This post is by independent researcher and Green Alliance associate Rebecca Willis.
It’s obvious, when you think about it, that emerging industries and innovators have less of a voice in government than established players. Incumbents have a lot of advantages: they have a proven technology or system which regulators understand; they can afford to pay staff or consultants to engage and lobby; and policies and regulations are designed with them in mind. In contrast, innovators put all their effort into getting their new approach off the ground (with little time left for lobbying); regulations aren’t designed for them; and policy makers may not understand what they do. Read more
The EU is on the brink of setting its energy and climate future, and must agree a new policy framework for 2030 by March 2014, ahead of international climate talks in Paris this December.
In reaction to the European Commission’s green paper on options for the 2030 climate and energy policy framework last March, Europe’s largest trade association, Business Europe, suggested European manufacturing was being left behind. It stated, “Europe’s major competitors, the US and China are reindustrialising on the back of low energy costs. Meanwhile the current EU energy and climate policy is driving up costs through inconsistencies in EU policies as well as uncoordinated and heavy-handed national government intervention in energy markets.” Read more
This post is by Jonathan Gaventa, programme leader on European energy infrastructure at E3G. Jonathan is one of 20 experts Green Alliance interviewed as part of a review of European climate and energy policy which will be published next week.
There is no security in separatism, no innovation in isolationism, and nothing to be gained from walking away from our seat at the European table. Read more
Heat is responsible for a third of carbon emissions and around half of the energy we use in the UK. Whilst there is a range of views about how to achieve the deep cuts needed in carbon emissions from heating, all future scenarios indicate that there will have to be a significant rise in the uptake of heat pumps. Read more
Anticipating significant trends is a compulsive but risky habit. Last year I forecasted three, and whilst two did come good, one was spectacularly wrong. The Conservative Party did not follow a centrist strategy and did not reassert its support for a green economy. The challenge to the UK’s low carbon leadership which this reflects makes prediction harder than usual but, undaunted, I offer three more for the coming year: Read more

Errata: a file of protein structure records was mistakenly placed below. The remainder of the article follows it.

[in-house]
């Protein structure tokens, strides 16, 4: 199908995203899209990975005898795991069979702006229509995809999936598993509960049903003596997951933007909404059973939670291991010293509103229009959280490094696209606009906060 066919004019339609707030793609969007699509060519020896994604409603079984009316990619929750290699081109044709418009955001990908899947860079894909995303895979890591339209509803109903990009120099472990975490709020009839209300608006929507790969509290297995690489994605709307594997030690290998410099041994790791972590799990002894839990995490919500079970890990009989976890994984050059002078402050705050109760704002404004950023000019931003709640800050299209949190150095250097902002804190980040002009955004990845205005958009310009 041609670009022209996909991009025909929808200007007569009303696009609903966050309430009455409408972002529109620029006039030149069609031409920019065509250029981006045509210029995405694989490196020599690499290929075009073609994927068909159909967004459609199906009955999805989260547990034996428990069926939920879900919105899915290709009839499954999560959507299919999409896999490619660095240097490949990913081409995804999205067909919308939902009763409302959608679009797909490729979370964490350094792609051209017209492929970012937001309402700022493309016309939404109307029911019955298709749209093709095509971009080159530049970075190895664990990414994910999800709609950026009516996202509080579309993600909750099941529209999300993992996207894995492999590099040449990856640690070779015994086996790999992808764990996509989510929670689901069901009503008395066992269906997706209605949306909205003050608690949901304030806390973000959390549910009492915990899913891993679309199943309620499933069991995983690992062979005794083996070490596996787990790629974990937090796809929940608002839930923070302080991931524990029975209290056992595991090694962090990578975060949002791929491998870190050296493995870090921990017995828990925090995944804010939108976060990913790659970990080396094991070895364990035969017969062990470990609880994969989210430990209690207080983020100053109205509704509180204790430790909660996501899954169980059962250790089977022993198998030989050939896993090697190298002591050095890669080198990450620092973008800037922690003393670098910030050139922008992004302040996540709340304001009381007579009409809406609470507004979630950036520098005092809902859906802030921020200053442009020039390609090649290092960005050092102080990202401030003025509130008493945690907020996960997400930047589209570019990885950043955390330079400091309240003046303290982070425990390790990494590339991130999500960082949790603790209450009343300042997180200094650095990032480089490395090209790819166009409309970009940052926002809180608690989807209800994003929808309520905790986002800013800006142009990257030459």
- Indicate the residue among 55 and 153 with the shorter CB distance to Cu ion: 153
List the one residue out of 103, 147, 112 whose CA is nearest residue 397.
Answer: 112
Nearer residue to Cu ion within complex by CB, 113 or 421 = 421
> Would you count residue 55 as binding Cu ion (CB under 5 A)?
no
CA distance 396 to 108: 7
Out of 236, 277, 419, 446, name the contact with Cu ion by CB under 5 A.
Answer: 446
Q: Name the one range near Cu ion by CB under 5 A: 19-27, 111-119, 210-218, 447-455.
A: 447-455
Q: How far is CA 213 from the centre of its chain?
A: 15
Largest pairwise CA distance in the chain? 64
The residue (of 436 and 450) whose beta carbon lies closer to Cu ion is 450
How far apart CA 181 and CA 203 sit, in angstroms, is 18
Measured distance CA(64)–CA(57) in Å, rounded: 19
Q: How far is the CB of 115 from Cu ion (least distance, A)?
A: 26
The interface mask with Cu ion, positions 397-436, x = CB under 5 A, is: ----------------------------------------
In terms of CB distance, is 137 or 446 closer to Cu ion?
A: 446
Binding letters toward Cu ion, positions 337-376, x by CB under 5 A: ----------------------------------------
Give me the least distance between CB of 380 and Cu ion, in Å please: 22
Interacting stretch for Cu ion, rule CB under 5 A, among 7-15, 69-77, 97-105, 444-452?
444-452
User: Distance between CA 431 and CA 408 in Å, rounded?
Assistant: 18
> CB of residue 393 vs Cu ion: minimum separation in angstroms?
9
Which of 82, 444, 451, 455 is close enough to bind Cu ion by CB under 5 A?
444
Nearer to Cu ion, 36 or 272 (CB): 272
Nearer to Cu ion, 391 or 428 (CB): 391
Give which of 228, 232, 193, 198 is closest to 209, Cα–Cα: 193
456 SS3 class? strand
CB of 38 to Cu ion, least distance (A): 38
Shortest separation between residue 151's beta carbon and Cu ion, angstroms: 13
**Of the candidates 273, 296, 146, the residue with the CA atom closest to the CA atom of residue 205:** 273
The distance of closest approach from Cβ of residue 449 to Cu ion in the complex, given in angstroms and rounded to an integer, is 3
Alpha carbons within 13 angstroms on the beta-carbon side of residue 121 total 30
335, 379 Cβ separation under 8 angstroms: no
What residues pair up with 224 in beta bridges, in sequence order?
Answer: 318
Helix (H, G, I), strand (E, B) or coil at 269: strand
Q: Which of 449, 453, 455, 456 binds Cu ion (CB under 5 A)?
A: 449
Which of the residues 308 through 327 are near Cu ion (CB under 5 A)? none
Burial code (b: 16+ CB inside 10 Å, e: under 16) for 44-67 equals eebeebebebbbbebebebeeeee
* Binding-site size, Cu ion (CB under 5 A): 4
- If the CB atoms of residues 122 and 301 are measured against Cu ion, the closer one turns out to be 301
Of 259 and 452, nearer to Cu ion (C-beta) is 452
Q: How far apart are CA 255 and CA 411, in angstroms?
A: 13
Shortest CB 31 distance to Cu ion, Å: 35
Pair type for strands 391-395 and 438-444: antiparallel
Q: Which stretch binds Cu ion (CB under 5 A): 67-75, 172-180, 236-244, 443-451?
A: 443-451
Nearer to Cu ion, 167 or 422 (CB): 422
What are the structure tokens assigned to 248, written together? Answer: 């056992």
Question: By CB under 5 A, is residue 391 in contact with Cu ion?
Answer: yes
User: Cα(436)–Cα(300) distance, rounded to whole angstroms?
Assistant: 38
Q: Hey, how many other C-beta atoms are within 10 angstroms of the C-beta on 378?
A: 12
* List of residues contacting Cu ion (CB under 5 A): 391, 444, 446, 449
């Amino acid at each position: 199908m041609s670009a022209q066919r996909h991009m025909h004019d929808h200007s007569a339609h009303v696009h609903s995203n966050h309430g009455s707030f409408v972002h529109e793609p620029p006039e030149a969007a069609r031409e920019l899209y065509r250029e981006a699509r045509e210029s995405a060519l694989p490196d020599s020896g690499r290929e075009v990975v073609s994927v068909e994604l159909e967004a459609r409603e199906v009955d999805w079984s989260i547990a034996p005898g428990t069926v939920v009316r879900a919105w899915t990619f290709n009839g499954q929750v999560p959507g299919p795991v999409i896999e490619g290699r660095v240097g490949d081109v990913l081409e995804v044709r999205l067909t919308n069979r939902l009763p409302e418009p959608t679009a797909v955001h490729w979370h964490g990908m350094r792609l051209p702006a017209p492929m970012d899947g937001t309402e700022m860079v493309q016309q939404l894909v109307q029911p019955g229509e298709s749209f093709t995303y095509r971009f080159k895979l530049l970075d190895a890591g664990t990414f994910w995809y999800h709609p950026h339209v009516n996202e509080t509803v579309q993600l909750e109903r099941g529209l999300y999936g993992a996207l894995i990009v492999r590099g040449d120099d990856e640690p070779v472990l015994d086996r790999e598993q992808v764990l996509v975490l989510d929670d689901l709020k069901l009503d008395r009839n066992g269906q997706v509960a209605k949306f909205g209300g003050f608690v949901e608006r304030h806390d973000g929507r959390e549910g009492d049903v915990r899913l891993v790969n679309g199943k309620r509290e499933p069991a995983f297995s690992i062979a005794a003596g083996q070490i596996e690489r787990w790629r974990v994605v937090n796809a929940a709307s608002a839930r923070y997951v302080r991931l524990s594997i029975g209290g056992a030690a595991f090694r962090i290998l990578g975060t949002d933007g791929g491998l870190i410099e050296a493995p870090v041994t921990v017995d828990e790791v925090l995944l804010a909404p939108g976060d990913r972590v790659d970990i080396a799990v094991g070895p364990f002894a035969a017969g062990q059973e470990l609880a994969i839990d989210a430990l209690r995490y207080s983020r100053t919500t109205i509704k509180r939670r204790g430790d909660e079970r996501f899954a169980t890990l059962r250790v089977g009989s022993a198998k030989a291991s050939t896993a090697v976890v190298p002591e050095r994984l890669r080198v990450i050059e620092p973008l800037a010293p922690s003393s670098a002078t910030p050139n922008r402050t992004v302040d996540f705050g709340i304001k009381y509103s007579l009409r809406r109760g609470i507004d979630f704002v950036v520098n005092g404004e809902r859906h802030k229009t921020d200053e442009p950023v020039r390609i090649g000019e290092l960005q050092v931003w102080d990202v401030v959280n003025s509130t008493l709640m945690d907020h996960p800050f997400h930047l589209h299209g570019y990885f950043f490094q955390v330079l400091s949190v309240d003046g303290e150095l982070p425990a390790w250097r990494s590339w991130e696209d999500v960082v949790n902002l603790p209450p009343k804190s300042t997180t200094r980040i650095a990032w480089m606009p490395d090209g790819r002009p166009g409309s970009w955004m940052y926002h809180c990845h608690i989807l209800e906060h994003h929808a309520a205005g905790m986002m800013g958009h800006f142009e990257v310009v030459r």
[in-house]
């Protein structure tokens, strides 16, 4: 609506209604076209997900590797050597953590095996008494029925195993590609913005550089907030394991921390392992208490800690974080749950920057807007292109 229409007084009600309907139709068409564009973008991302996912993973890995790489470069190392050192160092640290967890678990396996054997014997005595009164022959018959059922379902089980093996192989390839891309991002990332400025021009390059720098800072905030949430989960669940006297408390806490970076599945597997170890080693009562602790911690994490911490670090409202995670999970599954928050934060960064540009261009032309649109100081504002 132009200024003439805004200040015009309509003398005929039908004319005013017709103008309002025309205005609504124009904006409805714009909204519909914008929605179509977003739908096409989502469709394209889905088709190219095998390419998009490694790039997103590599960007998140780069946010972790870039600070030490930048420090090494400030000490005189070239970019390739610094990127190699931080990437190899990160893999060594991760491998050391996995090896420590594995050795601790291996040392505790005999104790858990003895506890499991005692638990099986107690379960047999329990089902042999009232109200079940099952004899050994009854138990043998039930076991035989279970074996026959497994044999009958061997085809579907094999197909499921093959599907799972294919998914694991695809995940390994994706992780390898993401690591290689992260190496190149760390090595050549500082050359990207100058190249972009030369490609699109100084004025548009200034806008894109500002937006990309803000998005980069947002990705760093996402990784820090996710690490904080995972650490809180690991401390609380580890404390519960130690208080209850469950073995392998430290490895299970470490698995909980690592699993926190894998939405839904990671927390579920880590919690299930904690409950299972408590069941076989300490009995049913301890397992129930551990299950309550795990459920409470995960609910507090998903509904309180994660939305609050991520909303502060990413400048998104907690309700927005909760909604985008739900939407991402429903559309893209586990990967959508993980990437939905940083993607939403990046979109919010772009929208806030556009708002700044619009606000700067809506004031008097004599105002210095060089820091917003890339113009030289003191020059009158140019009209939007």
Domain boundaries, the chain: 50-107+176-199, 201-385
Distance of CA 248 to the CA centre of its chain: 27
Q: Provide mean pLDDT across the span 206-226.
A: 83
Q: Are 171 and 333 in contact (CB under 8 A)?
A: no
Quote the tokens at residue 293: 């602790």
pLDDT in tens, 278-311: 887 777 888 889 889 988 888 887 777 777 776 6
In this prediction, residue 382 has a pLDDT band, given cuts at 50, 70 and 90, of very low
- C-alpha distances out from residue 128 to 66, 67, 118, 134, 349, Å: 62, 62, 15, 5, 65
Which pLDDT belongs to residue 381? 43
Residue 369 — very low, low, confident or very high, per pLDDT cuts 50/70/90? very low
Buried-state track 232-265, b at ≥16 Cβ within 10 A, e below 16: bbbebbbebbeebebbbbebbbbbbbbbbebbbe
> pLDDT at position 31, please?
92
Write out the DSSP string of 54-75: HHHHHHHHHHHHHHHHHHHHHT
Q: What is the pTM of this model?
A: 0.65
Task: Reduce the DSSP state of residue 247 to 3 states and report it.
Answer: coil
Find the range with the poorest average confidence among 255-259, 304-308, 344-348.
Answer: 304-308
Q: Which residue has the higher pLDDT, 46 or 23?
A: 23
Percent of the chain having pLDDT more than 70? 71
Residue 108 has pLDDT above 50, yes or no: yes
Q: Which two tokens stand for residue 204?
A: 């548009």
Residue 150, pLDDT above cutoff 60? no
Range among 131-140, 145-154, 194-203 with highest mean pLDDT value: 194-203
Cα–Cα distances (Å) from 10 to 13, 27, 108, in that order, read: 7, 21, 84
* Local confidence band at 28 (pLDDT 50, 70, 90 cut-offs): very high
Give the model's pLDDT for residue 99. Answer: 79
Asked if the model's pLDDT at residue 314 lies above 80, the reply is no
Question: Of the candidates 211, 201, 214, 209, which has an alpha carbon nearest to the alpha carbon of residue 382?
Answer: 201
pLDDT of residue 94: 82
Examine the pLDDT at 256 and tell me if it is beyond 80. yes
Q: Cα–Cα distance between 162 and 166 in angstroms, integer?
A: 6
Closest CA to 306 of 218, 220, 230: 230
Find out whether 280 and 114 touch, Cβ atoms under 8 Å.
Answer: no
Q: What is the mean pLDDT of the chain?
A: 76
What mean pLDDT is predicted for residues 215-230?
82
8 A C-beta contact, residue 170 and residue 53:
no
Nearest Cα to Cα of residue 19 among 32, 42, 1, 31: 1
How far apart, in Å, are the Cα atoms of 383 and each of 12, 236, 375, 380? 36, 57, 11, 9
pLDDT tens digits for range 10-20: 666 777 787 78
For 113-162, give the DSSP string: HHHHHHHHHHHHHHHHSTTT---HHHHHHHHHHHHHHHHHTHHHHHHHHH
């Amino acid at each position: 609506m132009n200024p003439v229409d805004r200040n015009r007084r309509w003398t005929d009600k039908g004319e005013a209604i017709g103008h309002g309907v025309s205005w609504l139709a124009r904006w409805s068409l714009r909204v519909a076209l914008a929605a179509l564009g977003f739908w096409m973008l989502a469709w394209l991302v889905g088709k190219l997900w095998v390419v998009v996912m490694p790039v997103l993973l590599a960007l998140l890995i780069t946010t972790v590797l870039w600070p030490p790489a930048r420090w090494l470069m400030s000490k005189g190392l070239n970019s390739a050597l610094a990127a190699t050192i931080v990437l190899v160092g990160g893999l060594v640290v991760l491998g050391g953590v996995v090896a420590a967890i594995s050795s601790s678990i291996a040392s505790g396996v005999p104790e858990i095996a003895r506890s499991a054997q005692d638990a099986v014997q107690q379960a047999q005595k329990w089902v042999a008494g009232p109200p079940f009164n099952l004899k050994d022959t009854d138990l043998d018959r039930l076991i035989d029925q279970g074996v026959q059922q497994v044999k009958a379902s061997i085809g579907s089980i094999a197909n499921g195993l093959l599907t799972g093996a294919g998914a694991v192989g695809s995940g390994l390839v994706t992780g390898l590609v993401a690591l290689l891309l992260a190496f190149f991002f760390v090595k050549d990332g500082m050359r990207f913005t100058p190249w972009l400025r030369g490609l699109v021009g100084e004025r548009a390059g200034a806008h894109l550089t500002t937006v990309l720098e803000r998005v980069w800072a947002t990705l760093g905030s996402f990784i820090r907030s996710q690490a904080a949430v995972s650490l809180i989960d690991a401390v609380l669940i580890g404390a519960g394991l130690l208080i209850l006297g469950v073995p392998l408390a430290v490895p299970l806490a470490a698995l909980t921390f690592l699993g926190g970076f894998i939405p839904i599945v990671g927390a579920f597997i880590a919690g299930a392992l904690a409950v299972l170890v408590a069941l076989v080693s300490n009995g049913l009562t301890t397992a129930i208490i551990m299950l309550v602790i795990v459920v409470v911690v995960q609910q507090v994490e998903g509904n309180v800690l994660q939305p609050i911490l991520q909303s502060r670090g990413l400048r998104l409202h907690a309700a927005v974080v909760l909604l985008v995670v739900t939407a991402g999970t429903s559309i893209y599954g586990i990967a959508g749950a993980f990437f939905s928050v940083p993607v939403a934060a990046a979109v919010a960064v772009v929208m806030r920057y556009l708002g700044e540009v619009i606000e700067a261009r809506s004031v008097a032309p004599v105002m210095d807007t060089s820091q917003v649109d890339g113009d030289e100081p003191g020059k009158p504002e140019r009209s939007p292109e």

This post is by Dustin Benton, senior policy adviser at Green Alliance and author of our recent policy insight The CCS challenge: securing a second chance for UK carbon capture and storage.
Recent announcements on carbon capture and storage have made it clear that it is make or break time for the technology. CCS is controversial. Its detractors point out that it doesn’t deal with the problems of resource extraction, and may only buy us a few more decades of fossil fuel power generation. But its potential to enable rapid reductions in CO2 emissions, from the power sector and industrial emitters both in the UK and abroad, mean that we, at least, should establish whether or not CCS is possible. The starting point for doing this in the UK is a publicly funded, multibillion pound demonstration programme, which was relaunched a few weeks ago. Read more
This post is by Dustin Benton, senior policy adviser at Green Alliance. A version of this article originally appeared on the Guardian website.
Carbon capture and storage promises all the ease of continued use of fossil fuels without the carbon emissions. The UK should be a leader in its development. It has all the advantages of good geology, industry expertise, and public support, but as the National Audit Office reported two weeks ago, our demonstration programme has been plagued by delays, putting the whole programme back by half a decade. This has happened because the policy supporting CCS is based on outdated assumptions. Read more
This is a guest post by Rebecca Willis, a Green Alliance associate. It was first published on guardian.co.uk.
It is based on Demanding Less: Why we need a new politics of energy, by Rebecca Willis and Nick Eyre, which was launched at a recent Green Alliance catalyst debate (watch video).
A few years ago, Jeffrey Dukes, a US biologist, was driving through the deserts of Utah on his way to a research station. As his car ate up the miles, he began thinking about the fuel in the tank, and the plants that it had come from. How many ancient plants, he wondered, had it taken to power him across the desert? He asked around, but couldn’t find out. “The more I searched, the more frustrated I got. No one knew the answer.”
So he did the sums himself. He worked out that a staggering 25 tonnes of plant matter go into every single litre of petrol. “I realised,” says Dukes, “that nearly everything I do depends upon plants that grew millions of years ago; and that without them, my life would be completely different.” Read more
Heat accounts for just under half of UK energy demand and for 46% of UK carbon emissions, but has long been the Cinderella of energy policy. When Green Alliance started working on heat five years ago, the amount of energy used for heating space and water wasn’t even reliably measured. Read more